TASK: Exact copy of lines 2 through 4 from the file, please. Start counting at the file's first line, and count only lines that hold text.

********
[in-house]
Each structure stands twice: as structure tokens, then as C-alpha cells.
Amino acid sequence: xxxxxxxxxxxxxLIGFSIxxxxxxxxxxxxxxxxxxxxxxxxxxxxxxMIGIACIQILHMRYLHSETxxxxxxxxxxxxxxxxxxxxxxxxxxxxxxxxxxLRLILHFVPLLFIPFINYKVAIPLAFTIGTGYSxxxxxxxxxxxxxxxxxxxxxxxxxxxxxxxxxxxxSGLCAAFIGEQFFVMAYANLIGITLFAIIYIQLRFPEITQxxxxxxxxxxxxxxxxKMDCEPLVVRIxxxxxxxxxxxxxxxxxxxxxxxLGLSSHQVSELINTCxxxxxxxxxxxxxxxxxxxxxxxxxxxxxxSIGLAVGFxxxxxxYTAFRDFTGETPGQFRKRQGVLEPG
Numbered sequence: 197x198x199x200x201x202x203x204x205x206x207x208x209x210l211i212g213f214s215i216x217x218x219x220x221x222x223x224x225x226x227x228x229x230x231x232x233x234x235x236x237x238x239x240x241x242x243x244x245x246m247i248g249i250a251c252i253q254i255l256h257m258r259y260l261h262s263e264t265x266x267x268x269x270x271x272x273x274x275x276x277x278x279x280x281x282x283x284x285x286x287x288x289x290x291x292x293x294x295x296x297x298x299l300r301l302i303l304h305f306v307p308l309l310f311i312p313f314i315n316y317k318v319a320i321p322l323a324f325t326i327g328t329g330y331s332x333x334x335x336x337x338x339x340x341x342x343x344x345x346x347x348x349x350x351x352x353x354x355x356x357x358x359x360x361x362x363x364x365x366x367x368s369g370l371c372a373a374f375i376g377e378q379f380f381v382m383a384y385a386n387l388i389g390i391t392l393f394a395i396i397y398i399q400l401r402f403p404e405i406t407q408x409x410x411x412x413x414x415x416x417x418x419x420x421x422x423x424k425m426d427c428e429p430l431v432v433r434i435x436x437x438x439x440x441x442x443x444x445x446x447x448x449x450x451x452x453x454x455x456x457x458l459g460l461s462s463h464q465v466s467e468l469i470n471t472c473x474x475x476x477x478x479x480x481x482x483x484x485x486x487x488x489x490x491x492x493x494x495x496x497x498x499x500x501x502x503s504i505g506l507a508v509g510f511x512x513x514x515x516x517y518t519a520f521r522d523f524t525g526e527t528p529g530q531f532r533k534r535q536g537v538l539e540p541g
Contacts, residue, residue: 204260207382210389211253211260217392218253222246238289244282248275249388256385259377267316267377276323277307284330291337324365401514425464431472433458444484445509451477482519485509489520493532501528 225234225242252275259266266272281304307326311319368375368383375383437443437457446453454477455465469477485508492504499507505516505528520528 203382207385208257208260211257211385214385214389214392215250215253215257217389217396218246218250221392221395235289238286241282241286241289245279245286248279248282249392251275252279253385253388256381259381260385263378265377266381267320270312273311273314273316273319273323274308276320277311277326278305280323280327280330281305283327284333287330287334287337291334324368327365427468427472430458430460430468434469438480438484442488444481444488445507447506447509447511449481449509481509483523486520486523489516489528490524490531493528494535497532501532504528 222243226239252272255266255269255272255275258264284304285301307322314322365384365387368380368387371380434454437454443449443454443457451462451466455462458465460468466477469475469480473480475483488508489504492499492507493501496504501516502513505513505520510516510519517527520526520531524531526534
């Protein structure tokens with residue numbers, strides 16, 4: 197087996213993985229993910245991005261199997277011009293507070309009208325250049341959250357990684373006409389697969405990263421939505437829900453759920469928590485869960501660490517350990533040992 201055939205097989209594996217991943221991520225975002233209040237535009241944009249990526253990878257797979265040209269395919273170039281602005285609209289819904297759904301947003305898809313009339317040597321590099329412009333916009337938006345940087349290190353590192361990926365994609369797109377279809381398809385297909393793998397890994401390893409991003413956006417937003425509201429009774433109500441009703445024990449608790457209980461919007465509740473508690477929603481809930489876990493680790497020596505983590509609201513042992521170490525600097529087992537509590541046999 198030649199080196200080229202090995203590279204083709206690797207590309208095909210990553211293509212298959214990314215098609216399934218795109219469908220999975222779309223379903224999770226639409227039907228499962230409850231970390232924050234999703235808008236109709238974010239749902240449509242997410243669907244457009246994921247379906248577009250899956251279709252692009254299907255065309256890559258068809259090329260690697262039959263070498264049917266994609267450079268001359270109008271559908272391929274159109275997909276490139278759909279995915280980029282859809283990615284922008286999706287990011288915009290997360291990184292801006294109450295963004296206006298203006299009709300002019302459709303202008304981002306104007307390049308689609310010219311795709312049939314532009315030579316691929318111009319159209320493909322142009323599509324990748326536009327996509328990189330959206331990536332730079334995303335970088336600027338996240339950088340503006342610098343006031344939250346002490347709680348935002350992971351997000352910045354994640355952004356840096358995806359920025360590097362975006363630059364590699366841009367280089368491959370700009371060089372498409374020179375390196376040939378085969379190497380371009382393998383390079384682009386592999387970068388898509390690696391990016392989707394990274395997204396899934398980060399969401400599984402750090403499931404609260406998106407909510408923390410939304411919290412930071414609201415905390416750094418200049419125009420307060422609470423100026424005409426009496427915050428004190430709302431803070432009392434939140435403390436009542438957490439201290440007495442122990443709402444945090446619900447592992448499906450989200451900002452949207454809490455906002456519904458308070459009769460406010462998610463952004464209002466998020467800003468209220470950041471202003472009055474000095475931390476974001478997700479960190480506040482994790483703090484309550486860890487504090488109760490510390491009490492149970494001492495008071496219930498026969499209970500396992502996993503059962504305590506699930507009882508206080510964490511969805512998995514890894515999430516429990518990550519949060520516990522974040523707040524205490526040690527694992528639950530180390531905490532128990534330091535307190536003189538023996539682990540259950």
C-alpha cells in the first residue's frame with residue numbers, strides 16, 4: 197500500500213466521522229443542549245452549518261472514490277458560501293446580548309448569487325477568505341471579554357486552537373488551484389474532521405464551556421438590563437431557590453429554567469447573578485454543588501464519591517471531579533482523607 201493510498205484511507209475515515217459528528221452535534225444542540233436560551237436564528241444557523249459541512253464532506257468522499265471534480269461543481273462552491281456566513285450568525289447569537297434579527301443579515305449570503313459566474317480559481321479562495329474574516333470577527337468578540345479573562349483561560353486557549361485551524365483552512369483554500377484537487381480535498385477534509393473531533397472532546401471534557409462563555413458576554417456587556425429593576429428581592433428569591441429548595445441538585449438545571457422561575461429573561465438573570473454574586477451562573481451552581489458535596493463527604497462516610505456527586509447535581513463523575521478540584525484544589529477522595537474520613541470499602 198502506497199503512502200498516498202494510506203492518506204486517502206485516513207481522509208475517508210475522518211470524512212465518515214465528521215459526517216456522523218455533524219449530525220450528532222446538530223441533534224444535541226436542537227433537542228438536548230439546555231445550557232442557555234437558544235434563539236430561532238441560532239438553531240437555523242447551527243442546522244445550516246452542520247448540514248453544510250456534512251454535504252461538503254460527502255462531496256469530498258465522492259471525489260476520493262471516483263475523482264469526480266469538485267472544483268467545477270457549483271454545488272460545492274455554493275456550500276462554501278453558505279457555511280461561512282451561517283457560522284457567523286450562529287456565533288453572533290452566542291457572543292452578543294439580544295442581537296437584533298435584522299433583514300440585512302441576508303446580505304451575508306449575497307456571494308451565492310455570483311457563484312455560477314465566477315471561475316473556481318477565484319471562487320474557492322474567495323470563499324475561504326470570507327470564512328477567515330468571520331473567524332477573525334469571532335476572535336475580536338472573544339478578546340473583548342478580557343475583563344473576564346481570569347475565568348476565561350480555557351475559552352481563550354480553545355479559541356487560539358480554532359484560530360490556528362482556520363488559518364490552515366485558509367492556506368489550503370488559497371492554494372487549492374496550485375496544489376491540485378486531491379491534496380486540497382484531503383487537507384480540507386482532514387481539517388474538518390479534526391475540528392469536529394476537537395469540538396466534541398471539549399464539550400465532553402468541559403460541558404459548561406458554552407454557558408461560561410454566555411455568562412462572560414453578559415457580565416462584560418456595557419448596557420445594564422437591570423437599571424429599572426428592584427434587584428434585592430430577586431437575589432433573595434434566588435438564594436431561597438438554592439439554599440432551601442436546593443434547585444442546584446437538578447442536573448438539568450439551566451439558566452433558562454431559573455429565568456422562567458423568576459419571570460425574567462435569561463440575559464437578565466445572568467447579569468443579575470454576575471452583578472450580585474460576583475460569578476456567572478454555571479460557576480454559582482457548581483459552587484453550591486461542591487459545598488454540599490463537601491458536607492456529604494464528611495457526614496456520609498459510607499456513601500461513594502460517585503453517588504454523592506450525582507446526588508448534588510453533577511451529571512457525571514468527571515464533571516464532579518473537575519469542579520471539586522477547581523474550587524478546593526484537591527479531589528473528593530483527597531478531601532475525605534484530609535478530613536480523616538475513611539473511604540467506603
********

Each structure stands twice: as structure tokens, then as C-alpha cells.
Amino acid sequence: xxxxxxxxxxxxxLIGFSIxxxxxxxxxxxxxxxxxxxxxxxxxxxxxxMIGIACIQILHMRYLHSETxxxxxxxxxxxxxxxxxxxxxxxxxxxxxxxxxxLRLILHFVPLLFIPFINYKVAIPLAFTIGTGYSxxxxxxxxxxxxxxxxxxxxxxxxxxxxxxxxxxxxSGLCAAFIGEQFFVMAYANLIGITLFAIIYIQLRFPEITQxxxxxxxxxxxxxxxxKMDCEPLVVRIxxxxxxxxxxxxxxxxxxxxxxxLGLSSHQVSELINTCxxxxxxxxxxxxxxxxxxxxxxxxxxxxxxSIGLAVGFxxxxxxYTAFRDFTGETPGQFRKRQGVLEPG
Numbered sequence: 197x198x199x200x201x202x203x204x205x206x207x208x209x210l211i212g213f214s215i216x217x218x219x220x221x222x223x224x225x226x227x228x229x230x231x232x233x234x235x236x237x238x239x240x241x242x243x244x245x246m247i248g249i250a251c252i253q254i255l256h257m258r259y260l261h262s263e264t265x266x267x268x269x270x271x272x273x274x275x276x277x278x279x280x281x282x283x284x285x286x287x288x289x290x291x292x293x294x295x296x297x298x299l300r301l302i303l304h305f306v307p308l309l310f311i312p313f314i315n316y317k318v319a320i321p322l323a324f325t326i327g328t329g330y331s332x333x334x335x336x337x338x339x340x341x342x343x344x345x346x347x348x349x350x351x352x353x354x355x356x357x358x359x360x361x362x363x364x365x366x367x368s369g370l371c372a373a374f375i376g377e378q379f380f381v382m383a384y385a386n387l388i389g390i391t392l393f394a395i396i397y398i399q400l401r402f403p404e405i406t407q408x409x410x411x412x413x414x415x416x417x418x419x420x421x422x423x424k425m426d427c428e429p430l431v432v433r434i435x436x437x438x439x440x441x442x443x444x445x446x447x448x449x450x451x452x453x454x455x456x457x458l459g460l461s462s463h464q465v466s467e468l469i470n471t472c473x474x475x476x477x478x479x480x481x482x483x484x485x486x487x488x489x490x491x492x493x494x495x496x497x498x499x500x501x502x503s504i505g506l507a508v509g510f511x512x513x514x515x516x517y518t519a520f521r522d523f524t525g526e527t528p529g530q531f532r533k534r535q536g537v538l539e540p541g